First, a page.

In 1935, Paris experts named her the best-dressed woman in the world, noting that she wore what suited her best, regardless of fashion. ["PARIS EXPERTS PICK 20 'BEST DRESSED'; Ten American Women Among Those Considered Leaders in Smart Attire. Mrs. W. K. Vanderbilt One. Ina Claire, Constance Bennett, and Kay Francis Others—Duchess of Kent Among Americans." The New York Times, November 26, 1935, p. 27. Two days later, November 28th, p. 33, the Times reported that Lady Mendl, just arriving in Paris, said she did not agree and that Mrs. Reginald Fellowes (a.k.a. Daisy Fellowes) of Paris and London was the best-dressed woman anywhere. The Times reported Lady Mendl as "scoffing at the report that she spent $40,000 a year for clothes. She spends around $10,000 annually—certainly no more than $15,000—she declared." $10,000 in 1935 dollars is roughly equivalent to $138,000 in 2005 dollars [http://www.westegg.com/inflation/] ]

De Wolfe had embroidered taffeta pillows bearing the motto "Never complain, never explain." [Hadley, Albert (2004): Foreword to cite book
last = de Wolfe
first = Elsie
authorlink = Elsie de Wolfe
editor = Hutton Wilkinson
year = 2004
origyear = 1913
title = The House in Good Taste
publisher = Rizzoli
location =
id = ISBN 0-8478-2631-7
, p. xv
] On first seeing the Parthenon, De Wolfe exclaimed "It's beige—my color!" [Wilkinson, Hutton (2004), note in cite book
last = de Wolfe
first = Elsie
authorlink = Elsie de Wolfe
editor = Hutton Wilkinson
year = 2004
origyear = 1913
title = The House in Good Taste
publisher = Rizzoli
location =
id = ISBN 0-8478-2631-7
, p. 229 ("Beige, my color!")
] [Rich, B. Ruby (2001): "Frames of mind: Dykes take on decor heaven." The Advocate. Los Angeles: Aug 14, 2001., Iss. 843/4; p. 64 ("It's beige—my color!")] [Flanner, Janet (1938) "Handsprings Across the Sea," "The New Yorker," 1938-01-15, as posted online [http://www.newyorker.com/printables/archive/040927fr_archive01] ] At her house in France, the Villa Trianon, she had a dog cemetery in which every tombstone read "The one I loved the best." [Wilkinson, Hutton (2004) note in cite book
last = De Wolfe
first = Elsie
authorlink = Elsie de Wolfe
editor = Hutton Wilkinson
year = 2004
origyear = 1913
title = The House in Good Taste
publisher = Rizzoli
location =
id = ISBN 0-8478-2631-7
, p. 232 ("The one I loved the best")
]

"American Decades" opines that "she was probably the first woman to dye her hair blue, to perform handstands to impress her friends, and to cover eighteenth-century footstools in leopard-skin chintzes." ["Elsie de Wolfe." American Decades. Gale Research, 1998]

Books by Elsie de Wolfe

*cite book
last = de Wolfe
first = Elsie
authorlink = Elsie de Wolfe
coauthors =
year = 1913
title = The House in Good Taste
publisher = The Century Company
location = New York
id =

*cite book
last = de Wolfe
first = Elsie
authorlink = Elsie de Wolfe
editor = Hutton Wilkinson
year = 2004
origyear = 1913
title = The House in Good Taste
publisher = Rizzoli
location =
id = ISBN 0-8478-2631-7
(Reprint)
*cite book
last = de Wolfe
first = Elsie
authorlink = Elsie de Wolfe
coauthors =
year = 1934
title = Elsie de Wolfe's Recipes for Successful Dining
publisher = D. Appleton-Century Company
location = New York
id =

*cite book
last = de Wolfe
first = Elsie
authorlink = Elsie de Wolfe
coauthors =
year = 1935
title = After All
publisher = Harper and Brothers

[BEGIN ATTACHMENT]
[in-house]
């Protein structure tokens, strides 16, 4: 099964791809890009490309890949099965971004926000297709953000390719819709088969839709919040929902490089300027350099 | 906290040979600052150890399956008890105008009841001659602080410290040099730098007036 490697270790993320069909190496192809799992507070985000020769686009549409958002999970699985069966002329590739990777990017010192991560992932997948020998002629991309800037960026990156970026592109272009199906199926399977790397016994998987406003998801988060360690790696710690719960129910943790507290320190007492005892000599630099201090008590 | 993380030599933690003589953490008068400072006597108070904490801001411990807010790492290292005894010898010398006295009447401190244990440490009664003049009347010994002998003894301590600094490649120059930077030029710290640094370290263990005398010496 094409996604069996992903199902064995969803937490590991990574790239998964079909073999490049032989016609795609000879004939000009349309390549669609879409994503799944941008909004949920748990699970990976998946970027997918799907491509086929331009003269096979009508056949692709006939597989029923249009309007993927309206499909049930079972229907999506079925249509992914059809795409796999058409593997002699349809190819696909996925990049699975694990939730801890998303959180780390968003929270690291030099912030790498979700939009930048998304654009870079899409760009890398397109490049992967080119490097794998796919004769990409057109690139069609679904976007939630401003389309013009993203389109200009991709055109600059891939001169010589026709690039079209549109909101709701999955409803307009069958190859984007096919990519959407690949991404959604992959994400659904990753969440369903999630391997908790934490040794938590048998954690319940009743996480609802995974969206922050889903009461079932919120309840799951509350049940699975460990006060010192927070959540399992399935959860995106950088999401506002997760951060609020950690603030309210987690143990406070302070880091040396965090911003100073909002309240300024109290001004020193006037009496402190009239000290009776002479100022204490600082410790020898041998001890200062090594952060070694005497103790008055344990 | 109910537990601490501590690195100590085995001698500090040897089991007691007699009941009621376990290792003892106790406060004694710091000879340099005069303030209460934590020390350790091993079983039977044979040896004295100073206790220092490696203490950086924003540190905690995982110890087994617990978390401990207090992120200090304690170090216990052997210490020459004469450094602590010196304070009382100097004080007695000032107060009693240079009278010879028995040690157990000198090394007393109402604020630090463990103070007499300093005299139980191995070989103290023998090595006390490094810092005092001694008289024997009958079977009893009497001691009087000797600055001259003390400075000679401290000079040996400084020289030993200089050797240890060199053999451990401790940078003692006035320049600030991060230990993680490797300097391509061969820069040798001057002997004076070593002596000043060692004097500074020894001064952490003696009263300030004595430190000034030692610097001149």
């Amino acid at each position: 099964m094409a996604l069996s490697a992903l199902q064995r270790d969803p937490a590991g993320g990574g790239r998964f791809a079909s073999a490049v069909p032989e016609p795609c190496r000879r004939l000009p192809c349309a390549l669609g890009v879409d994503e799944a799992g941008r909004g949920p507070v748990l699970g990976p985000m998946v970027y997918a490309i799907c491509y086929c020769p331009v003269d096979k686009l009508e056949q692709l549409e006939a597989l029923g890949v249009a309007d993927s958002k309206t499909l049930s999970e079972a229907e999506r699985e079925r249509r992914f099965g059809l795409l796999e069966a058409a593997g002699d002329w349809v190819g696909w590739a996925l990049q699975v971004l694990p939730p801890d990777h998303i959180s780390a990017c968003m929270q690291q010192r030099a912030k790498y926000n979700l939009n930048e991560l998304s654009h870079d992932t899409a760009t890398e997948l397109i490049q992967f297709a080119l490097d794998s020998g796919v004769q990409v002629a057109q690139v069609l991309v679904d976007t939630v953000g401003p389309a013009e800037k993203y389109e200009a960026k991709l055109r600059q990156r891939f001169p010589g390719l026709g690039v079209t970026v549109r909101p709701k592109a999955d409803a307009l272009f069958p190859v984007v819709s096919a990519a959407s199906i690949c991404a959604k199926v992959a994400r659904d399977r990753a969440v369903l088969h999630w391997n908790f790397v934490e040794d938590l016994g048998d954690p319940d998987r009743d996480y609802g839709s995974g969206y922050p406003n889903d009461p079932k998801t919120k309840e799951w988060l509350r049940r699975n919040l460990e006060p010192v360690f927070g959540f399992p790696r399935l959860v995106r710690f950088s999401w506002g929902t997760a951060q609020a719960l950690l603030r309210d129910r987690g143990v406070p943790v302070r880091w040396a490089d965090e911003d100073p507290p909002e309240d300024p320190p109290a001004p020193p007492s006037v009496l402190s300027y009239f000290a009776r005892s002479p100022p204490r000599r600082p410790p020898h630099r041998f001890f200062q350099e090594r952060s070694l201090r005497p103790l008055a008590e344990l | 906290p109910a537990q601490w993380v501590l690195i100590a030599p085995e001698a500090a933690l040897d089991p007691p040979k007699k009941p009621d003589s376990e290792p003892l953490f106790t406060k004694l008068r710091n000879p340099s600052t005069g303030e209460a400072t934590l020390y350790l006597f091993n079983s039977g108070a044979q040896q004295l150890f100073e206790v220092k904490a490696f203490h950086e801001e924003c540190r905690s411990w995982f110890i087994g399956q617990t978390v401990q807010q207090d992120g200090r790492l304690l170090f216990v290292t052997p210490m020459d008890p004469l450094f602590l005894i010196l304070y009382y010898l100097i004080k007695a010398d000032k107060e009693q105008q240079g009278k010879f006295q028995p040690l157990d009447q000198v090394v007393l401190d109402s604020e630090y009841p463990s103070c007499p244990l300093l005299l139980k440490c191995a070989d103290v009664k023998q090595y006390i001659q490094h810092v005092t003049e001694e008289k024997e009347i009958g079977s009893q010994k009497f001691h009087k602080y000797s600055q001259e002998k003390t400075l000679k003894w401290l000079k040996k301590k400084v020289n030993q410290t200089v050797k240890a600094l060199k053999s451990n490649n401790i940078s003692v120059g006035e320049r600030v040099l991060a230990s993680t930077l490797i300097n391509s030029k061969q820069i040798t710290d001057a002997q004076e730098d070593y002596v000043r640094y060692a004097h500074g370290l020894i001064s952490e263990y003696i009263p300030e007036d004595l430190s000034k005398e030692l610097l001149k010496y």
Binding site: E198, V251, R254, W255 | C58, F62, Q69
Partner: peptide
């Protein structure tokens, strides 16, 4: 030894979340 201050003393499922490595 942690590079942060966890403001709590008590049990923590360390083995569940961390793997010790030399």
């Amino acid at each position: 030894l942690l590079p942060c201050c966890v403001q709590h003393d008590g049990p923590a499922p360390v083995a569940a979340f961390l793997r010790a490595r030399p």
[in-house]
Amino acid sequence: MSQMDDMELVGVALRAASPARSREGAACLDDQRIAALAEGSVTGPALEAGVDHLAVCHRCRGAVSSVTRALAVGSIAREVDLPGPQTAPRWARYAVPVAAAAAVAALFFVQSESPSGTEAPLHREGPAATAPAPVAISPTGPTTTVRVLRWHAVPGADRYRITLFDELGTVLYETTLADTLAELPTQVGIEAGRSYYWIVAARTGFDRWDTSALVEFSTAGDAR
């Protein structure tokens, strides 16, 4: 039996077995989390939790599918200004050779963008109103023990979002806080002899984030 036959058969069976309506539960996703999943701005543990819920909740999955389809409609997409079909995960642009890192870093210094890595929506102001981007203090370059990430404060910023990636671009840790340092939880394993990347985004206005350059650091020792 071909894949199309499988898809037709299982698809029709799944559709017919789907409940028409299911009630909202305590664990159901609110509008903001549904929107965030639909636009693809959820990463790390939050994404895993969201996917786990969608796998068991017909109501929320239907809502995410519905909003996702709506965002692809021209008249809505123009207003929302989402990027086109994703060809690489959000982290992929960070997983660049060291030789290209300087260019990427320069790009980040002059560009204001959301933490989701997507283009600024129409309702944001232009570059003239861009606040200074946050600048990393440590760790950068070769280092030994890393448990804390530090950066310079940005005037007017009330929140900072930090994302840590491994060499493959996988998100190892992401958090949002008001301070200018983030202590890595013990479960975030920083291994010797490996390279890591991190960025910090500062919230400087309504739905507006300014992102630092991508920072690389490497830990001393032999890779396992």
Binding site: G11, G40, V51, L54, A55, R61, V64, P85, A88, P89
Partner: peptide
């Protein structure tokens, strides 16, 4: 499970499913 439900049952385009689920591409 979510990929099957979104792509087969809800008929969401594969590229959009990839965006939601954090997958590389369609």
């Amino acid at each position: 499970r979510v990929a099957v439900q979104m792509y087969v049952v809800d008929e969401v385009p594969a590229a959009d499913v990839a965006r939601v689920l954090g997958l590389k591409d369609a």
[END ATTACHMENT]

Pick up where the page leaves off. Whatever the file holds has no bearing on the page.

location = New York
id =

ee also

* The Decoration of Houses a manual of interior design by Edith Wharton and Ogden Codman
* Anti-Victorianism
* Victorian decorative arts

External links

*Flanner, Janet (1938) "Handsprings Across the Sea," "The New Yorker," 1938-01-15, as posted online [http://www.newyorker.com/printables/archive/040927fr_archive01] ; profile of de Wolfe
*
* [http://digital.library.wisc.edu/1711.dl/DLDecArts.deWolfe House The house in good taste] (University of Wisconsin Digital Collections)
* [http://www.vintagedesigns.com/rev/dewolfe/ Elsie de Wolfe, The House in Good Taste] Reviewed by Sarah E. Mitchell
* [http://www.preserve2.org/gramercy/proposes/new/district/47_49irv.htm Elsie de Wolfe House]
* [http://www.acanthuspress.com/book_pages/elsie.html Elsie de Wolfe The Birth of Modern Interior Decoration] by Penny Sparke ISBN 0–926494–27–9
* [http://www.canadianinteriordesign.com/kwi/Page_2/Elsie_De_Wolfe.htm A Decorator’s Life Elsie De Wolfe 1865 - 1950]

References

Persondata
NAME= Wolfe, Elsie de
ALTERNATIVE NAMES=Lady Mendl
SHORT DESCRIPTION=American interior decorator
DATE OF BIRTH=December 20, 1865
PLACE OF BIRTH=
DATE OF DEATH=July 13, 1950
PLACE OF DEATH=


Wikimedia Foundation. 2010.

Look at other dictionaries:

  • Elsie de Wolfe — Elsie de Wolfe, um 1880 Elsie de Wolfe (* 20. Dezember 1865 in New York als Ella Anderson de Wolfe; † 12. Juli 1950 in Versailles, Île de France), besser bekannt als Lady Mendl, war Amerikas erste professionelle Innenarchitektin …   Deutsch Wikipedia

  • Elsie De Wolfe — Ella, dite Elsie, Anderson de Wolfe, par son mariage Lady Mendl, est une actrice et décoratrice américaine née à New York le 20 décembre 1865 et morte à Versailles le 12 juillet 1950. Née dans une famille new yorkaise fortunée, éduquée par des… …   Wikipédia en Français

  • Elsie de Wolfe — Nacimiento …   Wikipedia Español

  • Elsie de Wolfe — Ella, dite Elsie, Anderson de Wolfe, par son mariage Lady Mendl, est une actrice et décoratrice américaine née à New York le 20 décembre 1865 et morte à Versailles le 12 juillet 1950. Née dans une famille new yorkaise fortunée, éduquée par des… …   Wikipédia en Français

  • Elsie — may refer to: NOTOC NounsPlaces* Elsie, Michigan, a village in Clinton County * Elsie, Nebraska, village in Perkins County * Elsie Inglis Memorial Hospital, was a hospital in Edinburgh, Scotland, founded in 1925 * Elsie Island, NunavutItems*Elsie …   Wikipedia

  • Wolfe (surname) — Wolfe is a surname. It might refer to: Alternate spellings include Wolf, Wolff, Wulf and Woolf. A * Alan Wolfe, political scientist and a sociologist * Allison Wolfe, singer * Ann Wolfe, boxer * Anne Wolfe, politician * Anthony Wolfe, footballer… …   Wikipedia

  • Wolfe — ist der Familienname folgender Personen: Ann Wolfe (* 1971), US amerikanische Boxerin Anthony Wolfe (* 1983), Fußballspieler aus Trinidad und Tobago Art Wolfe, US amerikanischer Naturfotograf Arthur Michael Wolfe (* 1939), US amerikanischer… …   Deutsch Wikipedia

  • Wolfe — Wolfe, James Wolfe, Thomas Wolfe, Tom * * * (as used in expressions) Miller, Jonathan (Wolfe) Tone, (Theobald) Wolfe Wolfe, Elsie de Ella Anderson de Wolfe Wolfe, James Wolfe, Thomas (Clayton) Wolfe, Tom Thomas Kennerly Wolfe, Jr …   Enciclopedia Universal

  • Wolfe — /woolf/, n. 1. Charles, 1791 1823, Irish poet. 2. James, 1727 59, English general. 3. Thomas (Clayton) /klayt n/, 1900 38, U.S. novelist. 4. Tom (Thomas Kennerly Wolfe, Jr.), born …   Universalium

  • Elsie — /el see/, n. a female given name, form of Elizabeth. * * * (as used in expressions) de Wolfe Elsie Franklin Rosalind Elsie Parsons Elsie Clews Elsie Worthington Clews * * * …   Universalium

Share the article and excerpts

Direct link
Do a right-click on the link above
and select “Copy Link”

We are using cookies for the best presentation of our site. Continuing to use this site, you agree with this.